Continuing through the June 2007 LSAT, we arrive at an argument about global warming. Please read the argument critically, then come back. This one feels a little different, huh? That's because the argument, for once, seems close to being reasonable--there's no glaring flaw. All we have here is a description of a phenomenon and then an explanation of that phenomenon. There aren't a lot of moving parts. Still, the argument is far from complete.
According to the scientist, it is a fact that the Earth's average annual temperature has increased by about 0.5 degrees Celsius over the last century. We can't argue with this part. But the scientist goes on to explain this fact with a claim about causality: The warming is primarily the result of the buildup of gases in the atmosphere, which blocks the outward flow of heat from the planet.
Uh-oh. That's a claim of causation.
The LSAT has a field day with Cause and Effect arguments--I've seen Logical Reasoning sections where almost one half of the questions had something to do with Cause and Effect. Here, we are asked to identify "evidence against" the Scientist's explanation. Before I look at the answer choices, I'm going to think about two main problems that commonly pop up with this type of reasoning:
1) Is it possible that the Effect actually caused the alleged Cause? An obvious example of this is "Rich people own Bentleys, so Bentley ownership causes one to be rich." Silly, right? That's obviously backward. Well, we need to see if that might be happening in the Scientist's argument. Here, the Effect was global warming, and the purported cause was a buildup of greenhouse gases. So ask yourself: Is it possible that the Scientist has it the wrong way around? What if the warming actually caused the buildup of the gases? If that were true, then wouldn't the Scientist look silly for claiming that the gases caused the warming?
2) Is it possible that some other Cause actually caused both the purported Cause and Effect? An obvious example of this is "Smokers make a lot of new friends outside bars, and they also get a lot of cancer. So making a lot of new friends outside bars causes you to get cancer." Silly, right? Clearly smoking is the underlying cause both of making friends outside bars AND getting cancer. There's no causal relationship between making friends and getting cancer. So ask yourself: Is it possible that the Scientist is ignoring some other factor? We can get creative here. What if, I don't know, radiation from Uranus was causing both the temperature increase and the buildup of atmospheric gases? If that were true, then wouldn't the Scientist look silly for claiming that the gases caused the warming? (I'm sure that "Uranus" is not going to appear in the correct answer. But something like this could be perfect.)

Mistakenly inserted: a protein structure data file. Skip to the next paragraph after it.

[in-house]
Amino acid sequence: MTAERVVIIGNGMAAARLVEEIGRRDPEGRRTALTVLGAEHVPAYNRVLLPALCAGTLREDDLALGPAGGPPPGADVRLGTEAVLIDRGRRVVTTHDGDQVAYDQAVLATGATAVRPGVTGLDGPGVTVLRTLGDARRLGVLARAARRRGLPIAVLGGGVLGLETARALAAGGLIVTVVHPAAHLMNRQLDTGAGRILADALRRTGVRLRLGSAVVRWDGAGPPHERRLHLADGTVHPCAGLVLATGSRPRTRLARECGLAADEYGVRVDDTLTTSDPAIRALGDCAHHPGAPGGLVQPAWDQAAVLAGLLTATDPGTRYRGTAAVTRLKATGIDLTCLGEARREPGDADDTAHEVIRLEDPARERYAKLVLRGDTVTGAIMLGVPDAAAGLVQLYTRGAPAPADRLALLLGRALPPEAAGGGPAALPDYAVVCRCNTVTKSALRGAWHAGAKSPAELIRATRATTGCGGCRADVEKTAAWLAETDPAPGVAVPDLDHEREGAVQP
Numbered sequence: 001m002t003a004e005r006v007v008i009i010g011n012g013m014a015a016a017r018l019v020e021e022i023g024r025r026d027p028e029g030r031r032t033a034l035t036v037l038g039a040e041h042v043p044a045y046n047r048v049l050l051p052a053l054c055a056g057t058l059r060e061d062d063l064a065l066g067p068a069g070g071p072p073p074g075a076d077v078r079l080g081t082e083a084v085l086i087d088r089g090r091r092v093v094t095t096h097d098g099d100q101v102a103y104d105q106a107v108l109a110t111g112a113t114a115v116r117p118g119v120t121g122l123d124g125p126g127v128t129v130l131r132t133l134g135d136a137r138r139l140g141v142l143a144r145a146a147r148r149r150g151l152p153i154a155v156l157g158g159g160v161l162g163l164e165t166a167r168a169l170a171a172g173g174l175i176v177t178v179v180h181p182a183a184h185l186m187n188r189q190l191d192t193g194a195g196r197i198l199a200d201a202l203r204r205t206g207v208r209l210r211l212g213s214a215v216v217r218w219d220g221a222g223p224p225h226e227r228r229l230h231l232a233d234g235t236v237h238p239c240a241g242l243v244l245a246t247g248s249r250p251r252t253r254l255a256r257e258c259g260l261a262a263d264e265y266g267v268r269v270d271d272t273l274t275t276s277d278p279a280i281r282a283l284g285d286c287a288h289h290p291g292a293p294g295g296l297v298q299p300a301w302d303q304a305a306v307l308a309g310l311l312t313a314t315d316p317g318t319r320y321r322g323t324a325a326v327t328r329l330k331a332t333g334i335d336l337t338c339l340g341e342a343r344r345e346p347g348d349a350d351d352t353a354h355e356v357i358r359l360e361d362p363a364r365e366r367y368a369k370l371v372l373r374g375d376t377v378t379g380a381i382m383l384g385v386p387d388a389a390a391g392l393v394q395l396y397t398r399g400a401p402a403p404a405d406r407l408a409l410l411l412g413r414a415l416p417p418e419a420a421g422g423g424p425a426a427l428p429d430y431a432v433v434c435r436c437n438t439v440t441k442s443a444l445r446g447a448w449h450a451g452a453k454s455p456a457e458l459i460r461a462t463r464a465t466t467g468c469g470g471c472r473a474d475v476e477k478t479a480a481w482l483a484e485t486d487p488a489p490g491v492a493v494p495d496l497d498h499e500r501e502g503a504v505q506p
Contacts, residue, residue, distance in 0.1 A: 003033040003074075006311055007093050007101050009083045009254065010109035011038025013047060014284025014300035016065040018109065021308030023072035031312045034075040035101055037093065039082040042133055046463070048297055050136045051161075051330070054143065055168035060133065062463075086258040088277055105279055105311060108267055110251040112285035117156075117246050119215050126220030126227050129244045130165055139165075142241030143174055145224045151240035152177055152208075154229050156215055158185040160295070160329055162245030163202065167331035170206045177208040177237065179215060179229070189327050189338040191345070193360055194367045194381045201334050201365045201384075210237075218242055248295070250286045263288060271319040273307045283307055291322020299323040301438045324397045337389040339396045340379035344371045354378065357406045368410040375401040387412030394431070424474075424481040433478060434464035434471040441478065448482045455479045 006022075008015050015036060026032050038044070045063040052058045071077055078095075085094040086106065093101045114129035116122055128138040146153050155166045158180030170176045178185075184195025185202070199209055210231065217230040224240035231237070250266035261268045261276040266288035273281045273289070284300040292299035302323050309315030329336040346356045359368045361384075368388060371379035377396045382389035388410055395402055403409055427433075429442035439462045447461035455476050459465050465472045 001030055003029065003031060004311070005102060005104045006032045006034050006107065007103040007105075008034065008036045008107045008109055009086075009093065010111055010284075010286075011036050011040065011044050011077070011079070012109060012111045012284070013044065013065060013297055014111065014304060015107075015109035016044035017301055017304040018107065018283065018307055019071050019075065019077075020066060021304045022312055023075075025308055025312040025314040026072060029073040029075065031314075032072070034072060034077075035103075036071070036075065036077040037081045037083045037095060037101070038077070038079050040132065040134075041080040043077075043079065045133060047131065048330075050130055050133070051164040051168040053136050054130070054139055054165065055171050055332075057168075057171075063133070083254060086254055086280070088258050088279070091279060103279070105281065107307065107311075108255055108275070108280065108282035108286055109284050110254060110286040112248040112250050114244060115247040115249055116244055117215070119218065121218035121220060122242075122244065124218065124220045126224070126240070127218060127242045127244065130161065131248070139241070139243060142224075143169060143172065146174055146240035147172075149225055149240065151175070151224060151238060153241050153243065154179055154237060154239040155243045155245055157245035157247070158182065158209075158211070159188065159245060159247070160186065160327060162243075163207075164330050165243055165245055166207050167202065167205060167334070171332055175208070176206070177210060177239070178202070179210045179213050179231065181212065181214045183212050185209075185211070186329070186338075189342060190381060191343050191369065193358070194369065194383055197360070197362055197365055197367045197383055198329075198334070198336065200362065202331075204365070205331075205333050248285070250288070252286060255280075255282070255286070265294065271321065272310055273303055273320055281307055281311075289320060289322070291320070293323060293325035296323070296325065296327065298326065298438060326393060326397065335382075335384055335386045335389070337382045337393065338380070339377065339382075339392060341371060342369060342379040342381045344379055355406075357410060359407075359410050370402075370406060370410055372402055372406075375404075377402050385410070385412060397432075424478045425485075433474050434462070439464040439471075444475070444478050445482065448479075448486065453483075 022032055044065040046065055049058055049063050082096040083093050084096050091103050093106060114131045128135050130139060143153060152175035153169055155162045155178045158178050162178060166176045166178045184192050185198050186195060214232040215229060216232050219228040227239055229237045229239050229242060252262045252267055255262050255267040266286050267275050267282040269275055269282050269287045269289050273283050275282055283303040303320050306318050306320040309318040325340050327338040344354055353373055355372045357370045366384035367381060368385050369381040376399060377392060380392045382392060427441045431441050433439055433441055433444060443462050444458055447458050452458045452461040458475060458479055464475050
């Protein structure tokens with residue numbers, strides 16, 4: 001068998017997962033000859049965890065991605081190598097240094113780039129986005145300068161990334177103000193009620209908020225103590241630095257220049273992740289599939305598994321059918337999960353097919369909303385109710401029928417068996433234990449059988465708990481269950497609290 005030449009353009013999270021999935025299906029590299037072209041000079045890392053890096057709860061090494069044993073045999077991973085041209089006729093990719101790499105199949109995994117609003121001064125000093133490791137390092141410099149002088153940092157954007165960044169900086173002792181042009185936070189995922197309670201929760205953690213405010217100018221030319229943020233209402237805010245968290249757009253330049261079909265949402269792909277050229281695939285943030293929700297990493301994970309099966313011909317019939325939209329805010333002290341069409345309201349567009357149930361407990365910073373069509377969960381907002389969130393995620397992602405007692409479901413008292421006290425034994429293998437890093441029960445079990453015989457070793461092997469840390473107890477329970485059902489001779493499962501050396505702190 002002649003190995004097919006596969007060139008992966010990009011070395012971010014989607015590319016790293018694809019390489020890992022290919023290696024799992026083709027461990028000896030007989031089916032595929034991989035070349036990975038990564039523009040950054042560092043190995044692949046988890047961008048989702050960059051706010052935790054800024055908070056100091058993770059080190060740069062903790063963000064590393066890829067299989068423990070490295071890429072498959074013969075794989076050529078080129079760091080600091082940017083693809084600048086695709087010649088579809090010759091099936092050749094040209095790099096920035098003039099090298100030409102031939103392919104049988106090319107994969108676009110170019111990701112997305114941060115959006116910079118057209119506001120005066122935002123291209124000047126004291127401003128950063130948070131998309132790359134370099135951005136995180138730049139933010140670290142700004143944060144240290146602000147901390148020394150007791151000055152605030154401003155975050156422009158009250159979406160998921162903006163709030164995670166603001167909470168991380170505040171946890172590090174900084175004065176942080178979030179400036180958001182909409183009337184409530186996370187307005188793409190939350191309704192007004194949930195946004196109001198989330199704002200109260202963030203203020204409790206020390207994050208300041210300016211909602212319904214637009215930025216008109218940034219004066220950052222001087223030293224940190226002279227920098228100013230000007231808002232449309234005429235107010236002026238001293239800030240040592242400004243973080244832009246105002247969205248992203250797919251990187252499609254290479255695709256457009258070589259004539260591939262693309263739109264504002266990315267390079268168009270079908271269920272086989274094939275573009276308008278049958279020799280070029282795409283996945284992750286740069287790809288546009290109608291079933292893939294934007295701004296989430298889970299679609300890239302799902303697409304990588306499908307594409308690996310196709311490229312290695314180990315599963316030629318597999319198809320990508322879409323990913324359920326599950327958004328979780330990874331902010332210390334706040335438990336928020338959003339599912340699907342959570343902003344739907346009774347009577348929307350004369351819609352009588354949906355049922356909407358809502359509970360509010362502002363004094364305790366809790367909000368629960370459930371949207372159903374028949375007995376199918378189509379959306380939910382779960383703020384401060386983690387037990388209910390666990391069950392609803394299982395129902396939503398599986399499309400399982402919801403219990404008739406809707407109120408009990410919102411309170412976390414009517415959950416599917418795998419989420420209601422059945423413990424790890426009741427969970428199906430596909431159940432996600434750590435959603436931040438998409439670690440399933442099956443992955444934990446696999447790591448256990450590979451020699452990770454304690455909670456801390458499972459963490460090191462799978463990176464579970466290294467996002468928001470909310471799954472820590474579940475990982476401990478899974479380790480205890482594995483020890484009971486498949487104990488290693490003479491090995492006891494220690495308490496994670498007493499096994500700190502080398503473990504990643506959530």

I don't think either of these predictions is guaranteed to be correct. But both of them appear over and over and over as correct answers on old LSATs, so I'd be dumb not to look out for them. Okay, here we go. Remember, we're looking for the answer choice that would make the Scientist's argument look stupid:
A) This doesn't matter. The cause of the gases themselves really isn't in question here. They could have been caused by industrial pollution, automobiles, cattle, who cares? If Answer A were true, the Scientist would say "So what? The gases still caused global warming." We're looking for an answer choice that leaves the Scientist no reasonable response... we want to shut him up for good.
B) Hmm. If this is true, then the Scientist's purported Cause happened after the Scientist's purported Effect. Hey Scientist, I have a question for you: How can the gases have caused global warming if the global warming happened first? ... Hello? ... Scientist? ...
I like this answer, because the Scientist really can't say anything in response. (Also, notice that it kinda fits with my first prediction, the possibility that the warming actually caused the gases, instead of the other way around.) This one is a keeper.
C) Huh? Who cares. If this were true, the Scientist would say something like "My argument had nothing to do with solar radiation, but I am unsurprised that solar radiation fluctuates slightly from year to year. This does nothing to change the relationship between a buildup of atmospheric gases and the resulting global warming." There's no way this can be the answer.
D) Again, I don't see how this is relevant. The Scientist would say "I am not surprised that volcanic dust reflects the Sun's radiation. This fact does nothing to change the relationship between a buildup of atmospheric gases and the resulting global warming."
E) This would actually strengthen the Scientist's argument, but we were looking for a weakener. If this were true, the Scientist would say "yes, yes... since the Earth has been warming over the past century, this fact confirms my hypothesis that a buildup of gases has been causing global warming." The answer that most weakens the Scientist's argument is B, so that's our answer.
Thanks for reading! I'll be back tomorrow with our first look at the wonderful world of Assumption Questions. (Sufficient Assumptions, to be precise.)